The Various Buckets of Depreciation: A Review of Current Rules & Changes
Tax depreciation rules can be complex, but developing a better understanding of them can yield significant tax savings for contractors.
This article provides an overview of current depreciation rules as well as recent changes that both increase options to accelerate depreciation deductions and phase out some favorable opportunities.
The first step in this process is to minimize capital assets by expensing all items now permissible under the recent repair regulations.
In 2013, the IRS released final regulations for tangible property costs (equipment, property, and other fixed assets), commonly known as the “repair regs.”1 Generally, the IRS requires most tangible property costs be capitalized and depreciated over several years rather than deducting the full amount in the current year.
The repair regs provide the opportunity to immediately deduct certain items that would have previously been capitalized, like small tools and supplies, up to $2,500.2 Companies with an applicable financial statement (AFS) for the year – that is, an audited statement or a statement required to be submitted to a federal or state agency – can deduct up to $5,000.3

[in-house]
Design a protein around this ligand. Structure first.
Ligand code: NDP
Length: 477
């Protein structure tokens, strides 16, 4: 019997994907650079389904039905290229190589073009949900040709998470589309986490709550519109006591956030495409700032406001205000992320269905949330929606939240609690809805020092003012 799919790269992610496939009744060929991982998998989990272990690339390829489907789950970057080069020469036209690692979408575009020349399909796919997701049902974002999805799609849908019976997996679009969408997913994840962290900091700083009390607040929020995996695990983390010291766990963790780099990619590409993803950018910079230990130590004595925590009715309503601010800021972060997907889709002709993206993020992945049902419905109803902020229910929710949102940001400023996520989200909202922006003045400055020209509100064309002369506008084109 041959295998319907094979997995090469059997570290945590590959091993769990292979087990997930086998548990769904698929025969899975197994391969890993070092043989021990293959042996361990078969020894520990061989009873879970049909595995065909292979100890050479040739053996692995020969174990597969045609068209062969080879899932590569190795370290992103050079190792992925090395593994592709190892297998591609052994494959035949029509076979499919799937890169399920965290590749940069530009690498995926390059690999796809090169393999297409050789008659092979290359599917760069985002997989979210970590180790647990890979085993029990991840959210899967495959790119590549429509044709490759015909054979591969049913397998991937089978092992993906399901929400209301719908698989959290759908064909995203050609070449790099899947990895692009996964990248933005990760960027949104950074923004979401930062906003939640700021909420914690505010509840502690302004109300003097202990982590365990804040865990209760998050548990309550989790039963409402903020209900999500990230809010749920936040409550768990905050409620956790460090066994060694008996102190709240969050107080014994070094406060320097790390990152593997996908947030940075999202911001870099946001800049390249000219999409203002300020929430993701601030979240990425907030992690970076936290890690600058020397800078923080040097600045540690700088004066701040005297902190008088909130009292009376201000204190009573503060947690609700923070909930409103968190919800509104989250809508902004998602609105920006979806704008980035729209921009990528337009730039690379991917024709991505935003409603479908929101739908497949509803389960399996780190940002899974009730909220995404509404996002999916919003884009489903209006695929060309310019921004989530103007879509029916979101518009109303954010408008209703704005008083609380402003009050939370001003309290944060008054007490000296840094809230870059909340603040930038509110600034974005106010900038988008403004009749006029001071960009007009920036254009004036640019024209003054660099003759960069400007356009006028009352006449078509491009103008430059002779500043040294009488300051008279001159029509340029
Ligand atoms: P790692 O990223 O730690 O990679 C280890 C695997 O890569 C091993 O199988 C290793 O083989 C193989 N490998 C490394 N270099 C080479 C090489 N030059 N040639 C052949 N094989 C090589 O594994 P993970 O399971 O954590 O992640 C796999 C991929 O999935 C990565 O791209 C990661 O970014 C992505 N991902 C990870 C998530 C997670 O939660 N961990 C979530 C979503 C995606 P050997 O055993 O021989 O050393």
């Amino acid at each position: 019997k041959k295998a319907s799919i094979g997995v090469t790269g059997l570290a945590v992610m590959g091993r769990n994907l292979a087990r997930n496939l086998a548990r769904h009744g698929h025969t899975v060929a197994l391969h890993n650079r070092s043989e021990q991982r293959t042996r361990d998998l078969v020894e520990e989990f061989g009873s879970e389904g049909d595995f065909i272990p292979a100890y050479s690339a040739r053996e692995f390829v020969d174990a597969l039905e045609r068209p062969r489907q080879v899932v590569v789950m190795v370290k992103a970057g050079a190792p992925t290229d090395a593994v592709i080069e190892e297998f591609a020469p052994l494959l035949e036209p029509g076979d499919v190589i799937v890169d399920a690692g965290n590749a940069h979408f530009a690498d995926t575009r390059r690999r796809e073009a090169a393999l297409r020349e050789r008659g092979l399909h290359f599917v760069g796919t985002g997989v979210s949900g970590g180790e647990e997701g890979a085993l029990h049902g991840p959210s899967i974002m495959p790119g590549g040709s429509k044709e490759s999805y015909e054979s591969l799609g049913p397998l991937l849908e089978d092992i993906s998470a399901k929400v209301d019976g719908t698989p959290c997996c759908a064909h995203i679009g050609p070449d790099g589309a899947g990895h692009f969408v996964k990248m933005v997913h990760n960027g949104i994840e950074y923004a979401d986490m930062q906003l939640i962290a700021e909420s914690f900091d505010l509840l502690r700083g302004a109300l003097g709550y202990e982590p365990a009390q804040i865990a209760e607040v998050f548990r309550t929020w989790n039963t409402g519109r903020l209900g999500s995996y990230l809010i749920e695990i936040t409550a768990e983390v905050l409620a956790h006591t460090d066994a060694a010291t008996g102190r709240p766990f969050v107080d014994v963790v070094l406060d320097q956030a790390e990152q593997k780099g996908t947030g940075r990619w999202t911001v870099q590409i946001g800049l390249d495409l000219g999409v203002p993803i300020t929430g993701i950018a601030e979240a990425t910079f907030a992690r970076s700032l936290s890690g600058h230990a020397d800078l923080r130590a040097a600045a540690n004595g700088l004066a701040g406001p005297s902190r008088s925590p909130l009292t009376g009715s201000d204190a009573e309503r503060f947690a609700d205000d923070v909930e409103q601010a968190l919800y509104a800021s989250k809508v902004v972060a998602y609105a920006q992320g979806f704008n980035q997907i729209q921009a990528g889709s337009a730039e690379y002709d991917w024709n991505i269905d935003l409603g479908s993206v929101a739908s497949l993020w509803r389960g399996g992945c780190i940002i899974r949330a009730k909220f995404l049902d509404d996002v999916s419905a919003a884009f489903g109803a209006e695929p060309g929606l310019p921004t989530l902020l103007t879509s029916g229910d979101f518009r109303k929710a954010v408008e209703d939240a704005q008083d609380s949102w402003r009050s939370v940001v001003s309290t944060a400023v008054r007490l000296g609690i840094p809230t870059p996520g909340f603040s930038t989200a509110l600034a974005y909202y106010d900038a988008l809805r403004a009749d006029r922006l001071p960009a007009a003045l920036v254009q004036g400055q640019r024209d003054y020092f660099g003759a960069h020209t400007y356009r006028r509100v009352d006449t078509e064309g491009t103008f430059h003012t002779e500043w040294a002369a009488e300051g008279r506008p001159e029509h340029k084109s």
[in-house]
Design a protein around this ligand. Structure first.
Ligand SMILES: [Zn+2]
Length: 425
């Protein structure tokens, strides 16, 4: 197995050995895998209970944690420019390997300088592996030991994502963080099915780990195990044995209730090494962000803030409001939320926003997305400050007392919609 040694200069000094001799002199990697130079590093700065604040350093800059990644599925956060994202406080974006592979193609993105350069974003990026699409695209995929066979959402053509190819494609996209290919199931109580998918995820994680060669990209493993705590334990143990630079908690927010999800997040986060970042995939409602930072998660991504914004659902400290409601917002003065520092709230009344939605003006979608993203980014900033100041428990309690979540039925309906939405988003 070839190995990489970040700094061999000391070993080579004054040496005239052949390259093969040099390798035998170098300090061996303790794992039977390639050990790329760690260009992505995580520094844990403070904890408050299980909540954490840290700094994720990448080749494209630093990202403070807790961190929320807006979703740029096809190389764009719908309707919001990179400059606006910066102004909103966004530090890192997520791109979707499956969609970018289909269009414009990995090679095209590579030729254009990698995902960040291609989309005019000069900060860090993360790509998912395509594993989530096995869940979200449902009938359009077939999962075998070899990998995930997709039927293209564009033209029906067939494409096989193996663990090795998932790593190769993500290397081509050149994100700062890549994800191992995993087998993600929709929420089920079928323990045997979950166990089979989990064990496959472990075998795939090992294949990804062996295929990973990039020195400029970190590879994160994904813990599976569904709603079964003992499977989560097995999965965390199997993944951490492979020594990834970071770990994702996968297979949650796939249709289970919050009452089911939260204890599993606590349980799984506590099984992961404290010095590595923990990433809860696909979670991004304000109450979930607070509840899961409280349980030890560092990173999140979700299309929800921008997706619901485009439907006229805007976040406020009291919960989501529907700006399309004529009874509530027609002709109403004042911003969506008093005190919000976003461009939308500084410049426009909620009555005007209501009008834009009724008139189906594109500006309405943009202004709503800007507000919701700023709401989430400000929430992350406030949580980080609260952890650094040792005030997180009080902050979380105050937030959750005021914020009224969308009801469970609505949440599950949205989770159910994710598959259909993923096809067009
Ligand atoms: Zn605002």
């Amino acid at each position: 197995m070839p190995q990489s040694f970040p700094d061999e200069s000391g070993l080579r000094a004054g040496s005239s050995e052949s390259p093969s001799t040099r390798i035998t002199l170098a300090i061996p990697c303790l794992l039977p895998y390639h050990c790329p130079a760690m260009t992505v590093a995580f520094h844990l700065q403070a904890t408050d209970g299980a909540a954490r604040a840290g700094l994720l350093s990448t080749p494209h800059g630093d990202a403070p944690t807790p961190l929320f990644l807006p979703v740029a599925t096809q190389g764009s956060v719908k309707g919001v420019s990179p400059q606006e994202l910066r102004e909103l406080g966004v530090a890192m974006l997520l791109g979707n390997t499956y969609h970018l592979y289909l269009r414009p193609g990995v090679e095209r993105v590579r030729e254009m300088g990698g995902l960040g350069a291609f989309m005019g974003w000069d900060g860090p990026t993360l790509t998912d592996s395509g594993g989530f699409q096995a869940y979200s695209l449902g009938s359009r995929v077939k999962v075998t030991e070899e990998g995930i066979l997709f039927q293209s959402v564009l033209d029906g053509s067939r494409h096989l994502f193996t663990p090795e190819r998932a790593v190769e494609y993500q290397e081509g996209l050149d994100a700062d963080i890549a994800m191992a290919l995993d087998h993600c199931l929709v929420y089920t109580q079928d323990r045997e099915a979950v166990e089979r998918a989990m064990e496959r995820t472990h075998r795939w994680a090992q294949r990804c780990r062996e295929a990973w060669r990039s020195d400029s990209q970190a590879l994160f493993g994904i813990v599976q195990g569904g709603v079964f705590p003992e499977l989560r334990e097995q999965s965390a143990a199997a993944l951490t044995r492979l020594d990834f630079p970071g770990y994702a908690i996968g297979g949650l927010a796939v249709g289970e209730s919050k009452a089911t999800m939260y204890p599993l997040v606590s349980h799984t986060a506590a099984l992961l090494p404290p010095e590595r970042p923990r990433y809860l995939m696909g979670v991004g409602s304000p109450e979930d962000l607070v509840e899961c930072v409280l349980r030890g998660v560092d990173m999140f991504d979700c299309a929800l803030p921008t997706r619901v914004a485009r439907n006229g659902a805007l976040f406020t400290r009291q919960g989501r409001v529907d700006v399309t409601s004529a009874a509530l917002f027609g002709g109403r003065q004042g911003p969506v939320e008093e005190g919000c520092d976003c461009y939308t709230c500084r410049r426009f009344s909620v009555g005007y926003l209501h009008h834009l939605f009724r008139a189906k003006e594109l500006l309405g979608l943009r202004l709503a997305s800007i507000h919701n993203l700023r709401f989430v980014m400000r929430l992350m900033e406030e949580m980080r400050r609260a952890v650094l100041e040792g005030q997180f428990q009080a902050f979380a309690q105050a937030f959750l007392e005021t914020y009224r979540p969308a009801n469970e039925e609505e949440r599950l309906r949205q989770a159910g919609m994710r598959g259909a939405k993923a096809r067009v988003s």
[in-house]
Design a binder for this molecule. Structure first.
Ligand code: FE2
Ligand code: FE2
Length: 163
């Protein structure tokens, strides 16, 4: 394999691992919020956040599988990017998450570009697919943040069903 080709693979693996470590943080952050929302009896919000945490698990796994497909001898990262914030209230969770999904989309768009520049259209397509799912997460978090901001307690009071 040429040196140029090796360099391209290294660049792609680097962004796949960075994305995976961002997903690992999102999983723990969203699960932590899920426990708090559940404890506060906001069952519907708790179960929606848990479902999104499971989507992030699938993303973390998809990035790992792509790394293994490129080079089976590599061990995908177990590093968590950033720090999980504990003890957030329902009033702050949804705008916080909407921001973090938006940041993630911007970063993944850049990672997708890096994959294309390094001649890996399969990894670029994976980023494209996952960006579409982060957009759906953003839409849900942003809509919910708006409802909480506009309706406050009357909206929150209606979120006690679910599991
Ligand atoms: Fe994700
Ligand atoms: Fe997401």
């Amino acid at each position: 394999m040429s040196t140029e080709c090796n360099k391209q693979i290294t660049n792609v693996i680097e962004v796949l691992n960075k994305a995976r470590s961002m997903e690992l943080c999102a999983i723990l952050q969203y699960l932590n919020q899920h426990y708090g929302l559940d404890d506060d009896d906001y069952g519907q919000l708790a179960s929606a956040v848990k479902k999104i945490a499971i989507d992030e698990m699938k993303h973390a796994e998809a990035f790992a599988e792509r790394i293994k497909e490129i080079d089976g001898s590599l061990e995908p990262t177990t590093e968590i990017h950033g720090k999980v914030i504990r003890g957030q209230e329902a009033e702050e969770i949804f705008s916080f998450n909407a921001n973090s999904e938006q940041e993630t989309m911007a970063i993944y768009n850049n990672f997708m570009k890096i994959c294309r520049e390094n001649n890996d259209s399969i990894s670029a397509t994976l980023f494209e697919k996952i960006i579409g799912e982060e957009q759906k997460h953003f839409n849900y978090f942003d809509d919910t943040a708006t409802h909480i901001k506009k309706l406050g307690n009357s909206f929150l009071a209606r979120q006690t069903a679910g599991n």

However, contractors that either do not have an annual financial statement or receive an annual reviewed or compiled statement would be at the lower threshold of $2,500 unless they submit the statement to an agency, such as for prequalification with a state Department of Transportation. Contractors must establish appropriate capitalization and expensing policies in accordance with these regulatory changes. (Refer to “Repairs or Improvements? New IRS Rules on Tangible Property” by Jonathan D. Olson and John W. Dorn in the May/ June 2012 issue.)
Rather than capitalizing assets that can be expensed, contractors can capably “leave room” for more assets to fit into the other buckets of depreciation, as we will shortly see.
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